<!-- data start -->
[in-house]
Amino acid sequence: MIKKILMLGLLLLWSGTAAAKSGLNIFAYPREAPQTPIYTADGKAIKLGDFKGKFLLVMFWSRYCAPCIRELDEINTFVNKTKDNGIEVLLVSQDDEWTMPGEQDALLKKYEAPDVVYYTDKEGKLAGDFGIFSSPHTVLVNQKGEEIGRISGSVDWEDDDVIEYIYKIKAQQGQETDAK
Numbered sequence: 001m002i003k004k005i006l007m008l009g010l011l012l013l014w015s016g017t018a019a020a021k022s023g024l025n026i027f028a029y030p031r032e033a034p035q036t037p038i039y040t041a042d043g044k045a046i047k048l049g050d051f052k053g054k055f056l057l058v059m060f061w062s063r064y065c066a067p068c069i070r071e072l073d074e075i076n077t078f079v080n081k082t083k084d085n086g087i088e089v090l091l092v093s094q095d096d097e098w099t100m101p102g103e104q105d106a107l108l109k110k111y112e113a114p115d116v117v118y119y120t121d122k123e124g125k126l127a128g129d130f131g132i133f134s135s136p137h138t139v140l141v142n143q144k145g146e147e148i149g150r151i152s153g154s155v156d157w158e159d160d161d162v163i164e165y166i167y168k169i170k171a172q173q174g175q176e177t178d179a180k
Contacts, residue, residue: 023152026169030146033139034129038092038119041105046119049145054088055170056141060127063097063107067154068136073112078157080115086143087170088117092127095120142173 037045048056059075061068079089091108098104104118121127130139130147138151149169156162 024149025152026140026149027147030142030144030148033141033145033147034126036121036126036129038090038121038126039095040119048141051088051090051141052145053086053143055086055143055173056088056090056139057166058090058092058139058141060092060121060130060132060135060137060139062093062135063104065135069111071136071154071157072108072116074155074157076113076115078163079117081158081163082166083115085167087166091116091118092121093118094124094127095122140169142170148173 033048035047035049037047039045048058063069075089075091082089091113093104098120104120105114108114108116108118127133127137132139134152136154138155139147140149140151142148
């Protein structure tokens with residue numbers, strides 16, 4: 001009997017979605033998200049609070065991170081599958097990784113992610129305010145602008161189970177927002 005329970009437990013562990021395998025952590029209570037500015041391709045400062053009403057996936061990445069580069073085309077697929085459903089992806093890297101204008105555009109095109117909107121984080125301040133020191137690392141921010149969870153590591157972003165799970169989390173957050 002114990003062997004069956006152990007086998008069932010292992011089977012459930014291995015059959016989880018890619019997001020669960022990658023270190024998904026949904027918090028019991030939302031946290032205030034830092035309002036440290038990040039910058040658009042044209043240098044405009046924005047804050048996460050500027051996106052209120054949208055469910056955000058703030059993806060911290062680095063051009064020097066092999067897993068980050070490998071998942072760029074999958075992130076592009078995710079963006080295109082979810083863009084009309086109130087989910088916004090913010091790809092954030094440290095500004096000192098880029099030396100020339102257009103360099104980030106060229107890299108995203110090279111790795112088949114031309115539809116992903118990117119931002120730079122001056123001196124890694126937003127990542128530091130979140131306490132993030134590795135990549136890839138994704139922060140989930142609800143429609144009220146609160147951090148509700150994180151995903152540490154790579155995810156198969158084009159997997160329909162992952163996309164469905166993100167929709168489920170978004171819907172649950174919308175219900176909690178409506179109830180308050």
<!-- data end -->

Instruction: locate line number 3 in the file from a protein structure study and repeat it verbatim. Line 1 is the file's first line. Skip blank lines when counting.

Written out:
Numbered sequence: 001m002i003k004k005i006l007m008l009g010l011l012l013l014w015s016g017t018a019a020a021k022s023g024l025n026i027f028a029y030p031r032e033a034p035q036t037p038i039y040t041a042d043g044k045a046i047k048l049g050d051f052k053g054k055f056l057l058v059m060f061w062s063r064y065c066a067p068c069i070r071e072l073d074e075i076n077t078f079v080n081k082t083k084d085n086g087i088e089v090l091l092v093s094q095d096d097e098w099t100m101p102g103e104q105d106a107l108l109k110k111y112e113a114p115d116v117v118y119y120t121d122k123e124g125k126l127a128g129d130f131g132i133f134s135s136p137h138t139v140l141v142n143q144k145g146e147e148i149g150r151i152s153g154s155v156d157w158e159d160d161d162v163i164e165y166i167y168k169i170k171a172q173q174g175q176e177t178d179a180k